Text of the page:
Paintings, too, capture different points of view. We saw the retrospective of 82 year old Naftali Bez. Bez came to Israel during WWII as a young man and has been painting what he sees since his early teens. Even our food came with a story and a new way to look at the world. Liliyot, a fine dining restaurant, fills its kitchen with an apprenticeship program for at risk youth. Graduating them to full time jobs in culinary arts. Good food and good works.
In Haifa, we learned about the thousands of foreign educational and non-profit leaders who make their way through the leadership training institute founded by Golda Meir. Each teacher from Ghana, social worker from Thailand, or government employee from Ecuador who spends three weeks learning from the best of what Israel has to offer becomes an unofficial goodwill ambassador. At the Technion, Israel’s leading technical university, we learned how the school is committed to reaching out to every sector of Israeli society from the Ultra Orthodox to the kids in crisis. At Beit Hagefen, a center dedicated to religious and cultural dialogue, we heard from a rabbi and a Muslim leader about how religious leaders come together to speak out against discrimination.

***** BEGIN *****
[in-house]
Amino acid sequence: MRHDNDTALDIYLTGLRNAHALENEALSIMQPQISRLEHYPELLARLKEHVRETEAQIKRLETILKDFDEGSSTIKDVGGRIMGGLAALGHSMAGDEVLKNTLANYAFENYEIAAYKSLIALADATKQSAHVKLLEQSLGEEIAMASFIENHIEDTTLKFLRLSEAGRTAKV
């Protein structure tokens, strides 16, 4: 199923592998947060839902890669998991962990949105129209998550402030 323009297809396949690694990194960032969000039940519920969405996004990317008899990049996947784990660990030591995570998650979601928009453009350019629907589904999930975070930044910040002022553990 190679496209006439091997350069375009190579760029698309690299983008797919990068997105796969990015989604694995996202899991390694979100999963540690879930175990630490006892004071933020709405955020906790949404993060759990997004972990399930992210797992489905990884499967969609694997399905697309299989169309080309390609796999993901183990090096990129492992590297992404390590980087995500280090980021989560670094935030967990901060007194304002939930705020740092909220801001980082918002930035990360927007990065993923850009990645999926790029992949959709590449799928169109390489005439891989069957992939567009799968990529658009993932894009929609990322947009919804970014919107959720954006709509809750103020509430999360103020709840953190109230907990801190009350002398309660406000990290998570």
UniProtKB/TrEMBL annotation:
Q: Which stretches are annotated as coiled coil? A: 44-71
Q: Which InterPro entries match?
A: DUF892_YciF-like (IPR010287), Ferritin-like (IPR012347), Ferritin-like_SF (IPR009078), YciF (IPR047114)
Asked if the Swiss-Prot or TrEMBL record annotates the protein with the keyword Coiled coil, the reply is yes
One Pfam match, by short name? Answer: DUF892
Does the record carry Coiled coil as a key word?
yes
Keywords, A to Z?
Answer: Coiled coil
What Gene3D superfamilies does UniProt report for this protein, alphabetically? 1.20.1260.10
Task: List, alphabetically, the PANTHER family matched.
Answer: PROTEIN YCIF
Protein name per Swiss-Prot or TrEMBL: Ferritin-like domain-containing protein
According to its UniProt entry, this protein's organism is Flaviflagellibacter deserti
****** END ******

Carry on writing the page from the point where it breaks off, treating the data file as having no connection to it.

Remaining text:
But while some points of view are easy to try on, others stretch us and make us see the world from places we may not choose to get to on our own. On Thursday, we experienced two radically different points of view. First we visited with the settlers in Hebron and had a chance to visit the holy burial site of Abraham, Sarah, Rebecca, Isaac, Jacob and Leah. We heard from a young army spokesman who is responsible for the security of over 600,000 individuals. And in the afternoon we went on a tour with Ir Amim where we learned about how the current political and security realities are effecting the Arab population. Whatever our points of view, we are challenged to consider opinions that we may have not considered before.
Next week, we return to Northern California to our congregations and organizations. We will be bringing back the new visions and experiences to share. And when Israel or Purim ‘pops up’ we will have a great many perspectives to draw upon.